The Conference Board, a national business research group, weighed in this week with a report that job satisfaction among American workers has reached another record-low level.
We reacted as a nation by e-mailing this story to each other at work and then going back to check those Web sites like the one in which you can pretend you're a pirate or maybe "I Can Has Cheezburger." We sure do love those photos of cute cats.
The Conference Board said that only 45 percent of American workers report feeling satisfied with their jobs; that's the lowest mark recorded in the 22 years the organization has been doing this polling. By contrast, the number of satisfied workers in 1987 was 61.1 percent.
Not everyone's buying it: The Washington Post reported this week that The Conference Board's finding contradicts polling by Gallup and the University of Chicago, which shows that job satisfaction has been remarkably stable over several decades.
Regardless, it doesn't take much of a stretch to imagine that, in the middle of the most serious economic downturn in generations, American workers might be feeling a little bit leery about their jobs.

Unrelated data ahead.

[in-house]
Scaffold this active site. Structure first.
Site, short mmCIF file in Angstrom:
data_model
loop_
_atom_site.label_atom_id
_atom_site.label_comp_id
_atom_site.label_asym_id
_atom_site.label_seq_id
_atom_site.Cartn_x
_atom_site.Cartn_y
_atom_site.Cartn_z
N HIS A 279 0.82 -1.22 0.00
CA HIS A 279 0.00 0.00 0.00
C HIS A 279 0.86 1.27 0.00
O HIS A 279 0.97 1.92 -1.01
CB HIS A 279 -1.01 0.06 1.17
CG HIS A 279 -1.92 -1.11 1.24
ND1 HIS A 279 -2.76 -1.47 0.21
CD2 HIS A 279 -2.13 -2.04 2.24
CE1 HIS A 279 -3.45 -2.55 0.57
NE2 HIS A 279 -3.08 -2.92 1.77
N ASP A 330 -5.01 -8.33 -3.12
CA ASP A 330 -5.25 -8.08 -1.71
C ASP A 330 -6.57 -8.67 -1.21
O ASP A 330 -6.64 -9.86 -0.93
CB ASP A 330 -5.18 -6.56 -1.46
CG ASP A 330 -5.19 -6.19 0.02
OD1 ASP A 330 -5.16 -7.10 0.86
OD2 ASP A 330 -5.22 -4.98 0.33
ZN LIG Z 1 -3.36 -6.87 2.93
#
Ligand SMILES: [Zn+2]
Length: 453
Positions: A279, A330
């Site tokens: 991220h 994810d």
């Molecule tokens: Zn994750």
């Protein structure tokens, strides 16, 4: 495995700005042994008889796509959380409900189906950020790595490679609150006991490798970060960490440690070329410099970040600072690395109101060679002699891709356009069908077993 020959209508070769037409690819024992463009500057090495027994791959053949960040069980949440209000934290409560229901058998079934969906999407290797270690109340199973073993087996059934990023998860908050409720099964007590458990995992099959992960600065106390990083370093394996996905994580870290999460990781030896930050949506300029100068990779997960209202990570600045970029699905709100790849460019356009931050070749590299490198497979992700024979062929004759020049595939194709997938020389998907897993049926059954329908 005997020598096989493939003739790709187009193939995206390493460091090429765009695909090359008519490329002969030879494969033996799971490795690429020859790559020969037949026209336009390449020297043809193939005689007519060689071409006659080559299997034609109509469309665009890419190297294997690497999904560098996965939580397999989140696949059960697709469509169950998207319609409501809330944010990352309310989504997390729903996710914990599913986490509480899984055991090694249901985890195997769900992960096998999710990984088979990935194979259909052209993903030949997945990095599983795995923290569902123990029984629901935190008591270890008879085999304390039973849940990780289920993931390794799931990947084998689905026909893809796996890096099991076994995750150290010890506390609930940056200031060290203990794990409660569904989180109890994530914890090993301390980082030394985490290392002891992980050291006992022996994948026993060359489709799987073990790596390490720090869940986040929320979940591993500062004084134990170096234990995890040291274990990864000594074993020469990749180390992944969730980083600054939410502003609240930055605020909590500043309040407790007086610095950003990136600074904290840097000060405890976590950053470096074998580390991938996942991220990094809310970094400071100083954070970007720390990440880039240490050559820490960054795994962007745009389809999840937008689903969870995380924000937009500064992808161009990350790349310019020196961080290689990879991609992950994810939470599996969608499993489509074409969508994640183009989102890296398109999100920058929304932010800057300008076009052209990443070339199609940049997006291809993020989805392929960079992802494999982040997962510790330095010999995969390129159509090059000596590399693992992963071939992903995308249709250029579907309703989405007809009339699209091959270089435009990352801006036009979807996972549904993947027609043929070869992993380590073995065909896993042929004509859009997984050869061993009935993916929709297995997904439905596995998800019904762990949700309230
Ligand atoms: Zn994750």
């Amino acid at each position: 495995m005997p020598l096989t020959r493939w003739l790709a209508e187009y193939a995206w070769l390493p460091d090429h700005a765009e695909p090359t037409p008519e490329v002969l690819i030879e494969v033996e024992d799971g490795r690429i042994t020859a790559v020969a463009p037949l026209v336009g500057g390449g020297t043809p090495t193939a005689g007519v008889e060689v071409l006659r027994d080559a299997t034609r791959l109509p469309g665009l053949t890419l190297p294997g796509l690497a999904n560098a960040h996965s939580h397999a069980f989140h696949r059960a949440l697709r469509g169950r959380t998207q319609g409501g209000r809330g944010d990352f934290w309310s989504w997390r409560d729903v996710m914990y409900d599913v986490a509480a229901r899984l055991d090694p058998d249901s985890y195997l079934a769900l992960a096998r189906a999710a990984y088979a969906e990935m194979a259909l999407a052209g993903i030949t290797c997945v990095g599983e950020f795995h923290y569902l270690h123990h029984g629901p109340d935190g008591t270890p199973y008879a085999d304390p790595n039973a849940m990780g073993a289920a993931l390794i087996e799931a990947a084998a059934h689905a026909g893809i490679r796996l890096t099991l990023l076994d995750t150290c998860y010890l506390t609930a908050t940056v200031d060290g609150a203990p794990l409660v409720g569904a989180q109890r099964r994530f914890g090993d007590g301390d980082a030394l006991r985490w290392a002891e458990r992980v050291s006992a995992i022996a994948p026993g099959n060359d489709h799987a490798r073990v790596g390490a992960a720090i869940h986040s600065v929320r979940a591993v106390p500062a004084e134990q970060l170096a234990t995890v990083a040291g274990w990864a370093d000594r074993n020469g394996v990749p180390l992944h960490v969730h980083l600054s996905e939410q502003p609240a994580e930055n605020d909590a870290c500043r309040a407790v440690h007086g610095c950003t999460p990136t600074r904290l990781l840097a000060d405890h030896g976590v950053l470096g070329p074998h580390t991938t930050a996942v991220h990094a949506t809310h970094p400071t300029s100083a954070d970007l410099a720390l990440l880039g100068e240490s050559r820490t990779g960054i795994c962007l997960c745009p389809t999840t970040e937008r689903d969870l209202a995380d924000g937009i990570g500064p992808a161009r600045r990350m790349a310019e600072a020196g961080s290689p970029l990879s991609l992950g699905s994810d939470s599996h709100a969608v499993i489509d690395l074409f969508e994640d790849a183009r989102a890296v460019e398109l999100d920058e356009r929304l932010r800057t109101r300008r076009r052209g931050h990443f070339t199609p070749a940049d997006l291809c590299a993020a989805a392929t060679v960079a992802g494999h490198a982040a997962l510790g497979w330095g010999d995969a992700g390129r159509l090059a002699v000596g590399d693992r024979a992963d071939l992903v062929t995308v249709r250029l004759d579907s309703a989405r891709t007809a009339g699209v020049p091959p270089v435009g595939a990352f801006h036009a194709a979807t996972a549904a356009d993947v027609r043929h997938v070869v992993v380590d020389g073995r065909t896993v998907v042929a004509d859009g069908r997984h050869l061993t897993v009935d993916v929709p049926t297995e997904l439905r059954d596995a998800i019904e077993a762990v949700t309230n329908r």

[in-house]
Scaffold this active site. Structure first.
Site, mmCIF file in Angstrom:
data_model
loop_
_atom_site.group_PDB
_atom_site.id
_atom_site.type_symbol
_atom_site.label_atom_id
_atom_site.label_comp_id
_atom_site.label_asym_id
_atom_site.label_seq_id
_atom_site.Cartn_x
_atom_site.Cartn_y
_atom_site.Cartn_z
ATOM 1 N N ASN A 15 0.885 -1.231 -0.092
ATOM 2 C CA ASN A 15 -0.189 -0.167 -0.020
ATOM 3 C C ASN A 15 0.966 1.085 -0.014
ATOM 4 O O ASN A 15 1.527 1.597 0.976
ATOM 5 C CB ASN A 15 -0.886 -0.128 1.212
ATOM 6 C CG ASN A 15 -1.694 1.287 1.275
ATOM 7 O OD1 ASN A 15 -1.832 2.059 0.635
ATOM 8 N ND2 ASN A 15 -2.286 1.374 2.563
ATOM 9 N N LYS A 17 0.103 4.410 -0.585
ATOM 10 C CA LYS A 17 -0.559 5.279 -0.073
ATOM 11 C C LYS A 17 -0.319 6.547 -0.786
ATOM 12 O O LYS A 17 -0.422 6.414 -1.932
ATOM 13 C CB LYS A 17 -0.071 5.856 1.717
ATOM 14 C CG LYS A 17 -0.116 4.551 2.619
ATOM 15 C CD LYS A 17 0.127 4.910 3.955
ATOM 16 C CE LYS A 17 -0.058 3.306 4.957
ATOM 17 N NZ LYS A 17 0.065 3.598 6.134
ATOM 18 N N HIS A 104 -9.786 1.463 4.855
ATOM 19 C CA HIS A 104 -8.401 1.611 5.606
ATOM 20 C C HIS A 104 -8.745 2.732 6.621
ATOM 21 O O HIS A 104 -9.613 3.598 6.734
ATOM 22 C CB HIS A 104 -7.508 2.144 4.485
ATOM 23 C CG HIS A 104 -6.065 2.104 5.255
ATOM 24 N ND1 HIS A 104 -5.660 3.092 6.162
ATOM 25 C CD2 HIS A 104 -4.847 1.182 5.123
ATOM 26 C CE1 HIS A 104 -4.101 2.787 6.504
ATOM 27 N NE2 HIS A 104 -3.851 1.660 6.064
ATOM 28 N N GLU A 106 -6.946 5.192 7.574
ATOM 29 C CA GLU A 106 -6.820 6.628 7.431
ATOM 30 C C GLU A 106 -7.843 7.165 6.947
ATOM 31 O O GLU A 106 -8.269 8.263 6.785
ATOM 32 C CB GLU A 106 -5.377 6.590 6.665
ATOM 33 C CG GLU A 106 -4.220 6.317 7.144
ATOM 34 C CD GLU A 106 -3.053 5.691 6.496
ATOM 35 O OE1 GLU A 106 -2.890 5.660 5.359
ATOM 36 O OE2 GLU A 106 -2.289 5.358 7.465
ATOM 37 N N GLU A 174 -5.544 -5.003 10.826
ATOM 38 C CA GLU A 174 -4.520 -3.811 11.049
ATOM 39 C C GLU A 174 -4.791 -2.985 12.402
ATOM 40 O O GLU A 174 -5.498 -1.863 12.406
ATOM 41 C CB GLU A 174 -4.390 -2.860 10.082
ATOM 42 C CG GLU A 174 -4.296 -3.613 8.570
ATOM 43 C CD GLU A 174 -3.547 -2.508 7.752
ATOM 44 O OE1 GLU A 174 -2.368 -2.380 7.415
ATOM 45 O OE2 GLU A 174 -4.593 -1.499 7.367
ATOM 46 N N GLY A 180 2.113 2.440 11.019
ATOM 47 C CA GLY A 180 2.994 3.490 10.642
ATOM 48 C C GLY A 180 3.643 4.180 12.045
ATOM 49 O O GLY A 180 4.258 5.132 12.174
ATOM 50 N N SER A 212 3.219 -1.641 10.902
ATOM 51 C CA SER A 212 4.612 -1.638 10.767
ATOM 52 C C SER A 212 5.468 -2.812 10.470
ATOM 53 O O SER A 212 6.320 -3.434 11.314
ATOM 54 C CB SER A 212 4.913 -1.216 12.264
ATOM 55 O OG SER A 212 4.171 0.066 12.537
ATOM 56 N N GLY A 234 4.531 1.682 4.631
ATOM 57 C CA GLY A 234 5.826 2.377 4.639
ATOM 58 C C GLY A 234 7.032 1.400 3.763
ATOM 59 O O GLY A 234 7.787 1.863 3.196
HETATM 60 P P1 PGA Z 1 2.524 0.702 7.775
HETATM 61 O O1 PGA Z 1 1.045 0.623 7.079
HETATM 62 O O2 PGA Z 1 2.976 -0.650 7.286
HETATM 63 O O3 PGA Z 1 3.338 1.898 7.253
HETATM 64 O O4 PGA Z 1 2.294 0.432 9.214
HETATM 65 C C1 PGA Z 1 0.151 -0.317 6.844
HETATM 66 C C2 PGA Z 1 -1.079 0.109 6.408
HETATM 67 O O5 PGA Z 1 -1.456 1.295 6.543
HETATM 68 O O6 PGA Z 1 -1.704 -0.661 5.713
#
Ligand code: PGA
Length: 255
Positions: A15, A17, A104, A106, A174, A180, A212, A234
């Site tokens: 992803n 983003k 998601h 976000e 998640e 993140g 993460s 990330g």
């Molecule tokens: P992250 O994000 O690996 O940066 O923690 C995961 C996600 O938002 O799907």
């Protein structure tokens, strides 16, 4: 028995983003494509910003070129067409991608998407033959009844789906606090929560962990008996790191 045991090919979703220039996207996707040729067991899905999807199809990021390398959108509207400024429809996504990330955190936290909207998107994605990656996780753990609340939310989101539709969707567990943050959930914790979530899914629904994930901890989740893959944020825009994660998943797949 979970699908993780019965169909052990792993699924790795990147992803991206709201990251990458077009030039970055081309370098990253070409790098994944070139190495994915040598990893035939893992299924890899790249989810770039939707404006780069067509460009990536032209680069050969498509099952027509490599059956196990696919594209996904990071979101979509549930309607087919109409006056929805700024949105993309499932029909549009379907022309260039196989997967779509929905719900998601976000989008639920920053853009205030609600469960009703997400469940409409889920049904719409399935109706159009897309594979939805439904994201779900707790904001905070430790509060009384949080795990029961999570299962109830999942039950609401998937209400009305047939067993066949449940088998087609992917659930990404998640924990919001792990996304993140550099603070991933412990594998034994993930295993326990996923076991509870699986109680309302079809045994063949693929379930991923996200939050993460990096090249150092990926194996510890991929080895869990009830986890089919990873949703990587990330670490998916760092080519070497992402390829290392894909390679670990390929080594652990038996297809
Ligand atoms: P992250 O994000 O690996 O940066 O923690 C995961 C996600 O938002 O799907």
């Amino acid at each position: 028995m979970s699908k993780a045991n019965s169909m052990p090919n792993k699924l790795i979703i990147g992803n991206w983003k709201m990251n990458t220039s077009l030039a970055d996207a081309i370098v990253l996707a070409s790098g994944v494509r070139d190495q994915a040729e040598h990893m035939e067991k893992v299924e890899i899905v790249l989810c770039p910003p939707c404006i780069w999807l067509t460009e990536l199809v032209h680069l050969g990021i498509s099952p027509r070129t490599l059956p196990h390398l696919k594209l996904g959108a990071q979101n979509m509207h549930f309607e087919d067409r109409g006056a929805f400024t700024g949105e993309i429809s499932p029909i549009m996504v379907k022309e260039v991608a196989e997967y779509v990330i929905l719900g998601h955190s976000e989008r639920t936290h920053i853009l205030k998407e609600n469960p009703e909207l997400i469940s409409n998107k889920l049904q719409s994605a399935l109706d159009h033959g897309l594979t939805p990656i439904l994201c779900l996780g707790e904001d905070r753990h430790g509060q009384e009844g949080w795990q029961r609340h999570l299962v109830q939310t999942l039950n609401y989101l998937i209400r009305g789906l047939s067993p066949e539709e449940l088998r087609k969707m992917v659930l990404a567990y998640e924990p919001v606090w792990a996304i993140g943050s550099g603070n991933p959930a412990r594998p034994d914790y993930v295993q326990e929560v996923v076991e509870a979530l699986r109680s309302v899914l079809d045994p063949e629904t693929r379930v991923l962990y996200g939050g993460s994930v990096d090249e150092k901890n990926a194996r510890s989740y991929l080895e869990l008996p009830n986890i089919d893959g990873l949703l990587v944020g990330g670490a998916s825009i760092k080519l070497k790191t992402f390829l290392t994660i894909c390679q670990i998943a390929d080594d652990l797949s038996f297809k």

It's a sure thing that the numbers reflect anxiety about job losses, and consternation among survivors of job cuts that they have to pick up extra duties.
(It's no coincidence that the favorite in this year's Oscar race is "Up in the Air," a movie about a corporate ax man who flies in and out of cities to fire workers on behalf of managers who don't want to do the firing themselves.)
More worrisome, perhaps, and somewhat more surprising, was another finding from The Conference Board survey: Only 51 percent of workers find their jobs interesting, another low mark. The Conference Board worried that uninterested workers are less likely to be innovative.
Maybe. On the other hand, we bet that the roughly 10 percent of Americans who are unemployed would gladly exchange that status for a "dull" job that comes with a regular paycheck.
And maybe there's a silver lining in this: The satisfaction numbers could suggest a gradual (and generational) shift in our attitudes toward work. Ideally, Americans seek work that engages them - but they also increasingly understand that there's more to life than work. And our experience is that employees with a variety of outside interests turn out to be among the most capable and innovative workers.
For the last word on the topic, however, we turn to an undisputed expert, Scott Adams, the creator of the "Dilbert" comic strip: "When the economy was good, everybody was happier, no matter what the job was," Adams told the Post in an interview this week. "The fact you can't change jobs in this economy makes you think your current job is worse."